Term of Award
Master of Science in Nursing
Document Type and Release Option
Thesis (restricted to Georgia Southern)
Committee Member 1
Marilyn M. Buck
Committee Member 2
Nursing turnover is a chronic problem for nursing and hospital administration. Nursing turnover consumes a major portion of nonessential nursing costs. The effects of nursing turnover is compounded when it involves the head nurse. Nursing administration must identify the causes of this turnover and develop strategies to prevent it.
The purpose of this study was to determine if a relationship exists between job satisfaction and the intent to remain in a position. Head nurses from fifty (50) randomly selected acute care medical surgical facilities in Georgia were surveyed. one hundred and eight (108) head nurses from thirty (30) hospitals responded.
Participants were asked to rank the five factors out of eleven identified factors they perceived as contributing most to job satisfaction. In addition they were asked to rate their current level of satisfaction with all of the identified factors. Respondents were also asked their intent to remain in their current position for the next five years.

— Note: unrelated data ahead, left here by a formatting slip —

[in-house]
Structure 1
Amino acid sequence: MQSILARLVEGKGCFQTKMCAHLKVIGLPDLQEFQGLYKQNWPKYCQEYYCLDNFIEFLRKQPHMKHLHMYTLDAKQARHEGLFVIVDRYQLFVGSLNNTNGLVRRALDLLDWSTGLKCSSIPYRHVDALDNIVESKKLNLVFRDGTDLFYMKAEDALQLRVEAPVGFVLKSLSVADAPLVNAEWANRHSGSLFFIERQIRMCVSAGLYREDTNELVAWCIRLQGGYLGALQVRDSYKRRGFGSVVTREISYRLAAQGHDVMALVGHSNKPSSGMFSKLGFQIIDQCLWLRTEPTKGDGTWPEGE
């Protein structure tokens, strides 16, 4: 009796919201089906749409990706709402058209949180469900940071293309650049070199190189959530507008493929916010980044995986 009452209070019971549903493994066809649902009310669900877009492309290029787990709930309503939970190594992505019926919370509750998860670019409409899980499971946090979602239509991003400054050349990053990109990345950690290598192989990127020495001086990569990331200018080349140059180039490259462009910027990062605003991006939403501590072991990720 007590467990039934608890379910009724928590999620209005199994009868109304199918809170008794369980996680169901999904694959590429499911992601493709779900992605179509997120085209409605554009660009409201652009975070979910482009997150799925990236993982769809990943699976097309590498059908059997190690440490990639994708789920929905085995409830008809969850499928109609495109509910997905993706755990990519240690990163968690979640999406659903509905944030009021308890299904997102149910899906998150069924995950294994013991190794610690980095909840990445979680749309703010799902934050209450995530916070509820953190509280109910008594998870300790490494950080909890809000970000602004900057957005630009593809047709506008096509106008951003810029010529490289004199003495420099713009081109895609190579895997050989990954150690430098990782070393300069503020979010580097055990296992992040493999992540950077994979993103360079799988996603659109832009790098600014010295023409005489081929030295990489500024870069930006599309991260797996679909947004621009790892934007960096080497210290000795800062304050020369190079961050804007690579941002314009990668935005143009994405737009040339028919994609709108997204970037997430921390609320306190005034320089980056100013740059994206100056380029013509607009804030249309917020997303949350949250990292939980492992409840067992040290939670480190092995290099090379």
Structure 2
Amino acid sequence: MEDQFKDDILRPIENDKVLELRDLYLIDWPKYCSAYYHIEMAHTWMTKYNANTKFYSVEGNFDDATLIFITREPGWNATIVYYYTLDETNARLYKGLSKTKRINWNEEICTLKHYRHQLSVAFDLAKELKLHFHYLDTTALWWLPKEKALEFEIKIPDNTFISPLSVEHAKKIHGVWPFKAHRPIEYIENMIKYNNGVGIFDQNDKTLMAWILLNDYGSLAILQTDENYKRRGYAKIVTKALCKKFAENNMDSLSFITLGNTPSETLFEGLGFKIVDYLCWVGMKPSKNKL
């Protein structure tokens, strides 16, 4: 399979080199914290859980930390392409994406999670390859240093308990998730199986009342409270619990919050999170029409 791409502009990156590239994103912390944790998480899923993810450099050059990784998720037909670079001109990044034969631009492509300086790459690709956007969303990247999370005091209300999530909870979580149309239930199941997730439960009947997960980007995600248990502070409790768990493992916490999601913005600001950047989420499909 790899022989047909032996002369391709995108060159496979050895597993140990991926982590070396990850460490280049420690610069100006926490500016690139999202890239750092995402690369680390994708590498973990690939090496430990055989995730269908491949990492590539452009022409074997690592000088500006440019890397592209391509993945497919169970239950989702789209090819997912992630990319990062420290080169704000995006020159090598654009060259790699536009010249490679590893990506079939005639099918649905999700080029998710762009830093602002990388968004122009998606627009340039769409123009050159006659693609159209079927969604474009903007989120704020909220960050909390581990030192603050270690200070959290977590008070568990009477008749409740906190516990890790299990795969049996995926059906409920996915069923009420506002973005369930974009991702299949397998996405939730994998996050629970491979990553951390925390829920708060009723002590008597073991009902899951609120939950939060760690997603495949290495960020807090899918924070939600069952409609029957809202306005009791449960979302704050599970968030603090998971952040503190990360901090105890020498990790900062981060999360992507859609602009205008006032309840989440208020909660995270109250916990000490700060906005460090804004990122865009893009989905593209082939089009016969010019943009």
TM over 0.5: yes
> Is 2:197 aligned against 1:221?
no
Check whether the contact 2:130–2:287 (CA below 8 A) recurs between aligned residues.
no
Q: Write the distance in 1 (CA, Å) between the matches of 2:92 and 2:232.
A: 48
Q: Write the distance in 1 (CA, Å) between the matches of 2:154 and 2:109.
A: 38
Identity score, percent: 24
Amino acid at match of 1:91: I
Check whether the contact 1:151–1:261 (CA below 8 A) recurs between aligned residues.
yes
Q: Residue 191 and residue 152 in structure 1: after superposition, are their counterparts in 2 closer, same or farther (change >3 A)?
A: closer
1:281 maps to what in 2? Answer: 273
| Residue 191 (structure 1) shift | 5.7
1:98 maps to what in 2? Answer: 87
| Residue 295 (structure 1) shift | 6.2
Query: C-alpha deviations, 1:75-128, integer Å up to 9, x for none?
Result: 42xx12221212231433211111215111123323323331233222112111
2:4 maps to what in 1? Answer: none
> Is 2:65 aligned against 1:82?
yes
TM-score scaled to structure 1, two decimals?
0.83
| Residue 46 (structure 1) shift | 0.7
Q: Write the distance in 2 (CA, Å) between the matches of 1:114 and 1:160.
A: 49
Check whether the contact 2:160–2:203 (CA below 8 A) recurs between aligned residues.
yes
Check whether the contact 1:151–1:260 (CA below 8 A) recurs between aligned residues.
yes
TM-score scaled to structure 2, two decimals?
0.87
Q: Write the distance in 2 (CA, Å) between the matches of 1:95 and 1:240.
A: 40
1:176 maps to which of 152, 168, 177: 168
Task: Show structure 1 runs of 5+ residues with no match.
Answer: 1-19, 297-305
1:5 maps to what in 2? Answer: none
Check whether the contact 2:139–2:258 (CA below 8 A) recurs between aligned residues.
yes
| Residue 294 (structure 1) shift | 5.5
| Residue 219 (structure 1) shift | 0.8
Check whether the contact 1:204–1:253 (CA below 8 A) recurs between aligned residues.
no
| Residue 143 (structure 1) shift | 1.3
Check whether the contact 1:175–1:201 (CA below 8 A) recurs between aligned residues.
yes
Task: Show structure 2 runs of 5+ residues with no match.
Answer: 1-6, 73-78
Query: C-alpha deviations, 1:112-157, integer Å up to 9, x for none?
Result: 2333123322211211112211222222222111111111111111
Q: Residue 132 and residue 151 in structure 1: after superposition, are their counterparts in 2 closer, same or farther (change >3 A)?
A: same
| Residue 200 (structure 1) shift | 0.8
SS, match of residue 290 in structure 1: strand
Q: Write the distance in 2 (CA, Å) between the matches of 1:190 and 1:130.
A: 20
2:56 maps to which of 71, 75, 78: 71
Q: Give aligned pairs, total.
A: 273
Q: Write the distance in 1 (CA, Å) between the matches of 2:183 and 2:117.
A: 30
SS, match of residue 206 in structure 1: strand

Participants ranked Standards of Patient Care (28%), Level of Administrative Support (19.6%), Pay/Benefits (15.9%), Ability to Function Autonomously (12.9%), and Scheduling: Says Off, Shifts, Etc. (7.5%) as the top five factors. There were moderate relationships between overall job satisfaction and intent to remain (r=.34) and between the top five factors and intent to remain.
Job satisfaction of nurses may not be determined by measures of tangible factors, such as pay, but rather intangible factors such as values and commitments. Perhaps factors which affect satisfaction or dissatisfaction of nurses are not those traditionally identified in job satisfaction surveys, but are instead more value-based.
Further research regarding values and needs and how the achievement of these affect the individual's job satisfaction should be considered. Furthermore whether there is a relationship between retention and the meeting of these needs and values should also be investigated.
Teeple, Renee Overstreet, "The Relationship between Job Satisfaction and the Retention of Head Nurses" (1991). Legacy ETDs. 379.